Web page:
On Friday 22nd May, 2015, Ireland becomes the first country in the world to hold a referendum on same-sex marriage which will be a momentous occasion. This forthcoming ballot has stirred up a lot of emotion and interest for me – and maybe it has for you too.
I’ve experienced my fair share of homophobia over the years and know exactly what it feels like to have my sense of self-worth challenged. Ignorance shows itself in many situations where people directly and indirectly attempt to marginalise others and make them feel shame, fear and guilt for who they are. Thankfully, not everybody is homophobic. There are enough broadminded people in the world who are allies of the Lesbian, Gay, Bisexual and Transgender (LGBT) community and who fully accept them and treat them as equals. We are still on a journey towards full equality, but if equal marriage for same-sex couples is passed in the referendum, this will ensure wider acceptance of LGBT people.
Passing the referendum will undoubtedly lead to further liberation and freedom from the oppression of the past. I remember the loneliness and oppression I felt as a young gay person growing up in Ireland. At that time there were no role models, nobody to confide in and nobody to turn to for advice and guidance. Being gay was something that you had to be silent about. It took me a long time to be more open and free about my sexuality, and I am sure there are many thousands of others who have felt exactly the same.
There is no denying that Ireland has changed for the better concerning LGBT issues over the past quarter of a century. Homosexuality was only decriminalised in 1993 and Civil Partnerships were introduced in 2010, less than two decades later. To arrive at the point where we currently find ourselves is a remarkable achievement for a country once shaped and moulded by Catholicism. However, the Catholic Church still remains one of the biggest threats to the referendum being passed, with some of its bishops espousing the view that being gay is not part of God’s intention for mankind. They forget the piece of scripture that says that God made everybody in an image of himself. They also make these comments whilst ignoring the fact that a large percentage of Catholic clergy are gay themselves.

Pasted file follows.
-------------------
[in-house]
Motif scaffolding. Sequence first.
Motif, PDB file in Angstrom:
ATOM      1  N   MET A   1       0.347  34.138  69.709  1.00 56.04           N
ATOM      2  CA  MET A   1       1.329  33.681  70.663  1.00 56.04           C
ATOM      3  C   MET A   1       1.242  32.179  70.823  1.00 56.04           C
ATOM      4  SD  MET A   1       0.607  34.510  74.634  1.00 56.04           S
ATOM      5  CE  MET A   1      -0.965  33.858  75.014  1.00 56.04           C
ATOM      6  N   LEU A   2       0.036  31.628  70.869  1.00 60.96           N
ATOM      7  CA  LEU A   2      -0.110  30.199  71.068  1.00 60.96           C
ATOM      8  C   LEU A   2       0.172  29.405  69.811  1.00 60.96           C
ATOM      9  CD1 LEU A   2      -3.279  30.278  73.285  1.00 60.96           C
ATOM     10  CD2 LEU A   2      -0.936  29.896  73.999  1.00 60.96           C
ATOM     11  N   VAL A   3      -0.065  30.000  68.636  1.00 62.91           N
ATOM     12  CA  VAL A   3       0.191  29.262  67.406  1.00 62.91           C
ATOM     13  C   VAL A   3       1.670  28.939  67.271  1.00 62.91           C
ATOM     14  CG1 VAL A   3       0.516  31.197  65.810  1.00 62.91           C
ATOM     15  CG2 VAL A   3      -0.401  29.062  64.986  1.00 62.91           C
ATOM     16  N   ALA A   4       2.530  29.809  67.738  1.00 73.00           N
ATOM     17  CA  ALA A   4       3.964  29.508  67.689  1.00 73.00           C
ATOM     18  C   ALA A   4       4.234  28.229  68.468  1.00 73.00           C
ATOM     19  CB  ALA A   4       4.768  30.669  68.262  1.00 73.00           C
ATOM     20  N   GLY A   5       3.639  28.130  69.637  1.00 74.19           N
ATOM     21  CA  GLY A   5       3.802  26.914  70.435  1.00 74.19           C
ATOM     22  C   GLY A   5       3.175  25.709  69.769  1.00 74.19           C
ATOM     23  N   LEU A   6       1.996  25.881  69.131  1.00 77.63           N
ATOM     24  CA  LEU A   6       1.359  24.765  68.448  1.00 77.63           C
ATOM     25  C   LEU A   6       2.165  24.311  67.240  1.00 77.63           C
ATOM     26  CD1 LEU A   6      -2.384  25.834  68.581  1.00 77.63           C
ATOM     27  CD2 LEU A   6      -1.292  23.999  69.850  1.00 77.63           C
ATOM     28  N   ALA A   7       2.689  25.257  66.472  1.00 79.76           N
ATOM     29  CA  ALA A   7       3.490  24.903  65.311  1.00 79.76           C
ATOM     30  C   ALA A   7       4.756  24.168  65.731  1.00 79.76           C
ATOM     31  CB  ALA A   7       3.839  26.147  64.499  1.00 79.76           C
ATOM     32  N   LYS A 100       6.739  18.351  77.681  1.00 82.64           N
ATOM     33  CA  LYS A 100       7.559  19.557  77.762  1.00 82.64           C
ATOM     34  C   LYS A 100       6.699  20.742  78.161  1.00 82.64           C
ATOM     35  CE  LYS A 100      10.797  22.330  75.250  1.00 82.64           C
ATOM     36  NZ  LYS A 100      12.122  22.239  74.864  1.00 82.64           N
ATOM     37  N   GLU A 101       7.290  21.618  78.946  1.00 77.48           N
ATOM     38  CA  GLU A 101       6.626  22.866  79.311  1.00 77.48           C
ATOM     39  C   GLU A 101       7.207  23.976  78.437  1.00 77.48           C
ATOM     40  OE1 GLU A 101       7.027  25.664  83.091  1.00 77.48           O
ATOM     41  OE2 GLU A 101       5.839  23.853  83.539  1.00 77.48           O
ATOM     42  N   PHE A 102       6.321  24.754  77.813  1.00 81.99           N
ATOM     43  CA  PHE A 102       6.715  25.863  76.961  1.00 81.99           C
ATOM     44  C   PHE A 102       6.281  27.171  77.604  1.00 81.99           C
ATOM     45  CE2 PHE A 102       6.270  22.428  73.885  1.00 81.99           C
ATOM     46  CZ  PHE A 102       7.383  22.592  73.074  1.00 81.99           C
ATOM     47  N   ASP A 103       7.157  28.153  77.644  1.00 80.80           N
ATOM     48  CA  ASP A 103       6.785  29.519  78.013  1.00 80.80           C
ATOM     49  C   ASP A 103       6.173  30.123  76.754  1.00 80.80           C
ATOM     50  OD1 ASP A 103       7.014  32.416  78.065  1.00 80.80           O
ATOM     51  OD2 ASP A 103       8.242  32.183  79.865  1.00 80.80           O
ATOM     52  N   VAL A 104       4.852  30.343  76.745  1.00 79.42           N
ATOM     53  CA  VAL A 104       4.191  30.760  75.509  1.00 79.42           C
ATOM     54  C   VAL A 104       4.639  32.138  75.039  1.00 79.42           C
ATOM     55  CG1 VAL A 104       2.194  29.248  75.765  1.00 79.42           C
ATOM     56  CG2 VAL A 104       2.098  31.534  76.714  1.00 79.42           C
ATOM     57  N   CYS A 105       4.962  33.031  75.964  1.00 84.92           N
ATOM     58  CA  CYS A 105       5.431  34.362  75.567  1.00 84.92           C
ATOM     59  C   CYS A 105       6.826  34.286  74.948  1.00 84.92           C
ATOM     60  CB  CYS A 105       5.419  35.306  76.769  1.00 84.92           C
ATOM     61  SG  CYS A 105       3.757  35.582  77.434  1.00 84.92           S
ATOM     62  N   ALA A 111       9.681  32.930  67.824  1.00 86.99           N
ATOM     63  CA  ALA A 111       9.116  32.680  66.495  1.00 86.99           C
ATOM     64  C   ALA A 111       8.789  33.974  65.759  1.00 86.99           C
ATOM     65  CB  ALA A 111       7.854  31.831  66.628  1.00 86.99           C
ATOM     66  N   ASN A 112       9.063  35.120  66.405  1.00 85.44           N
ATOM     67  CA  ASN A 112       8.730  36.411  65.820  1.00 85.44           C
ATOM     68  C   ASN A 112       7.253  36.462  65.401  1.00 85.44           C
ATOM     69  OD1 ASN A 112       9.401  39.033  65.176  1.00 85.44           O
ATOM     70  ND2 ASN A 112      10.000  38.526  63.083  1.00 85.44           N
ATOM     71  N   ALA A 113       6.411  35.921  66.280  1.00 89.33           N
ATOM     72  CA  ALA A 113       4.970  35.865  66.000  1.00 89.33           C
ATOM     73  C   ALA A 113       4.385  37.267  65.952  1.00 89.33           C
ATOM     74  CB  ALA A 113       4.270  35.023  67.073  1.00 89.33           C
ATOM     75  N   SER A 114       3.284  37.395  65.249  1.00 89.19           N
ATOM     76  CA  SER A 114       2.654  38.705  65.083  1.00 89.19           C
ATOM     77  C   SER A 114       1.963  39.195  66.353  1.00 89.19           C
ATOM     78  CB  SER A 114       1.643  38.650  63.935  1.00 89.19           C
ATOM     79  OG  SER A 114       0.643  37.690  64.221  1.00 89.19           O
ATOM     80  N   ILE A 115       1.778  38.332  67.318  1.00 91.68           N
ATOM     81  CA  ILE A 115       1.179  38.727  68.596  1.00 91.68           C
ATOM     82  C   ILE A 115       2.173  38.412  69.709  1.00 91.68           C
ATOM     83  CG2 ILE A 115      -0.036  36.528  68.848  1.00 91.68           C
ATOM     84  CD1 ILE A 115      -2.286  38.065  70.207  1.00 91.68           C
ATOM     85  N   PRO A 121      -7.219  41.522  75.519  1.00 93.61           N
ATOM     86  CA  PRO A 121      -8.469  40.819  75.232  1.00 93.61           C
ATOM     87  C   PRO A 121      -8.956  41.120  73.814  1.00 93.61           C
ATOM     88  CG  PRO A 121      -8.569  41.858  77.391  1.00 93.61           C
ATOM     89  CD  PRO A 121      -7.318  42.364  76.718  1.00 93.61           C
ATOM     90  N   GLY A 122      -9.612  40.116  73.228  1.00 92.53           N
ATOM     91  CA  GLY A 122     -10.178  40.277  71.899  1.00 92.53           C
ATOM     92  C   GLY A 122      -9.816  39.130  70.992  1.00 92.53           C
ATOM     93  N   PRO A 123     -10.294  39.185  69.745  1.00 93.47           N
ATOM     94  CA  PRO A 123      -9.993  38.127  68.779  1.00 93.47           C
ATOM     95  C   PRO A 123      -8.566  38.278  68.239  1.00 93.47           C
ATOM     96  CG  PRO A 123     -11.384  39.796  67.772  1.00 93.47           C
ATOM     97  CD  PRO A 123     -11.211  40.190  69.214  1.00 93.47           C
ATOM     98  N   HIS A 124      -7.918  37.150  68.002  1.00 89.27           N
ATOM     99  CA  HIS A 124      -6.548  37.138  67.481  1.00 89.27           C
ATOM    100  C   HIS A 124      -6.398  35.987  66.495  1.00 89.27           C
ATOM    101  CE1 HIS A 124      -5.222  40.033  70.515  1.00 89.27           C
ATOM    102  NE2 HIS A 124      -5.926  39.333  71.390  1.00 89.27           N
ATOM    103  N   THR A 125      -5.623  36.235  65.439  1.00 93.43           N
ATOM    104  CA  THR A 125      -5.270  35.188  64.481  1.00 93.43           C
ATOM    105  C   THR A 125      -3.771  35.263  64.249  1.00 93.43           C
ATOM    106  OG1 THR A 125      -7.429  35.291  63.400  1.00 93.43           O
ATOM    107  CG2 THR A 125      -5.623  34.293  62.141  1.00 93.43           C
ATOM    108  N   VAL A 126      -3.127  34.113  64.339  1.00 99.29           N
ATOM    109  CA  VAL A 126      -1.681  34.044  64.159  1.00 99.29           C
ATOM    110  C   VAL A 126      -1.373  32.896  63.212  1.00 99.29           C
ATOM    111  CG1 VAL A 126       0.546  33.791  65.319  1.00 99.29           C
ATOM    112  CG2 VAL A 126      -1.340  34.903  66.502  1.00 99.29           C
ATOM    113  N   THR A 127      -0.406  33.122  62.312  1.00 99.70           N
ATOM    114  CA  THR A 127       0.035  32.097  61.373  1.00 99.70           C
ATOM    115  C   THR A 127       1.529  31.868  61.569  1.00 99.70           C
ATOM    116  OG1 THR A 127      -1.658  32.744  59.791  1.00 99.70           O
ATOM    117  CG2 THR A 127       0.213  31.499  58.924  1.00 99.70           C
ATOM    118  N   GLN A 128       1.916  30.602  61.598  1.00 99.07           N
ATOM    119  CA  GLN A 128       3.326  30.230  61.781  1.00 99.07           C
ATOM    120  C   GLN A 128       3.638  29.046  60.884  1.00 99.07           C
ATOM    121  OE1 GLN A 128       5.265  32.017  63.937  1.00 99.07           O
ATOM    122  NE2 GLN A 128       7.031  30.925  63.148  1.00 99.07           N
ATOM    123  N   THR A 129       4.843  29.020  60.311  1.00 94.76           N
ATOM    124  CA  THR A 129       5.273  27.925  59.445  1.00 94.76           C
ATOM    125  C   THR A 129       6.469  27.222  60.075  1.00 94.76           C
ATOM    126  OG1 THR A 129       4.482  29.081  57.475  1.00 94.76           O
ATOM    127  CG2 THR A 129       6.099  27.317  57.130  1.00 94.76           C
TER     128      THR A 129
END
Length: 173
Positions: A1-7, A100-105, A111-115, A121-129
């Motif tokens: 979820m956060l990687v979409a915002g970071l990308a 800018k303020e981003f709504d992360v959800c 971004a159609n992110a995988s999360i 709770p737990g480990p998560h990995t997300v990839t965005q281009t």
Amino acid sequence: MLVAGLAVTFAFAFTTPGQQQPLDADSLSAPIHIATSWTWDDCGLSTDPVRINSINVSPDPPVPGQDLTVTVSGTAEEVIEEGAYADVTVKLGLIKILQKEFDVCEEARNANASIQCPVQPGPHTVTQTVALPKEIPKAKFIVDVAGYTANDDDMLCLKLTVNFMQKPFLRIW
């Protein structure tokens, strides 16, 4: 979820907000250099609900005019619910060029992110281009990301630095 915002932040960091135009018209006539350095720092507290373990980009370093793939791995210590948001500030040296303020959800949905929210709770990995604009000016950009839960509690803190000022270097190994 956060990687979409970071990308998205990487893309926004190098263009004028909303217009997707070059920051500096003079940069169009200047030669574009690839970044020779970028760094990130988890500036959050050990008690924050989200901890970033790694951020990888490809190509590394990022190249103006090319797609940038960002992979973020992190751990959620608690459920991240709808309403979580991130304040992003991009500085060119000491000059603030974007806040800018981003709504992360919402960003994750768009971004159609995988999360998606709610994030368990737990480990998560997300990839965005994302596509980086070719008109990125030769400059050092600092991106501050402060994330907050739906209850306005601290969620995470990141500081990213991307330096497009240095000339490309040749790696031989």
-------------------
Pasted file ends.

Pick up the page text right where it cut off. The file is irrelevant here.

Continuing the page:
Other opponents to the referendum have said that marriage can only ever be between a man and a woman, and that equal marriage for gay couples is a threat to both family life as well as the sanctity of existing marriage amongst heterosexuals. But surely an ideal family is two loving parents – whether it’s a man and woman or two men or two women. The fact is a ‘yes’ vote won’t entail a threat to family life; rather it will strengthen families and society. Gay people do have children, either through fostering, adoption or surrogacy and so strong is their desire to have these children that they go to extraordinary lengths to be parents. There is no evidence which suggests that they make anything other than good and loving parents.
If you are heterosexual you might ask what relevance this referendum holds for you. Although you might not be gay yourself, you will likely know a close relative, friend, neighbour or work colleague who is gay or lesbian – or you might just simply believe in the rights of equality for everyone, which essentially is what this referendum is primarily about. By voting ‘yes’, you will be giving everyone in Ireland the same equal opportunity as yourself to get married. Laws help to shape people’s attitudes. A powerful ‘yes’ vote will send out a positive message that Ireland is at the forefront of modern Europe and concerned with equality for all its citizens, particularly its minorities.
As a gay man I very much hope that Ireland passes this referendum and that by allowing same-sex marriages, this will be seen as a celebration of loving relationships. This newfound equality will ensure that LGBT people have fully taken their place in Irish society and in doing so the ignorance, bigotry and narrow-mindedness of the past will be have been stripped away forever.
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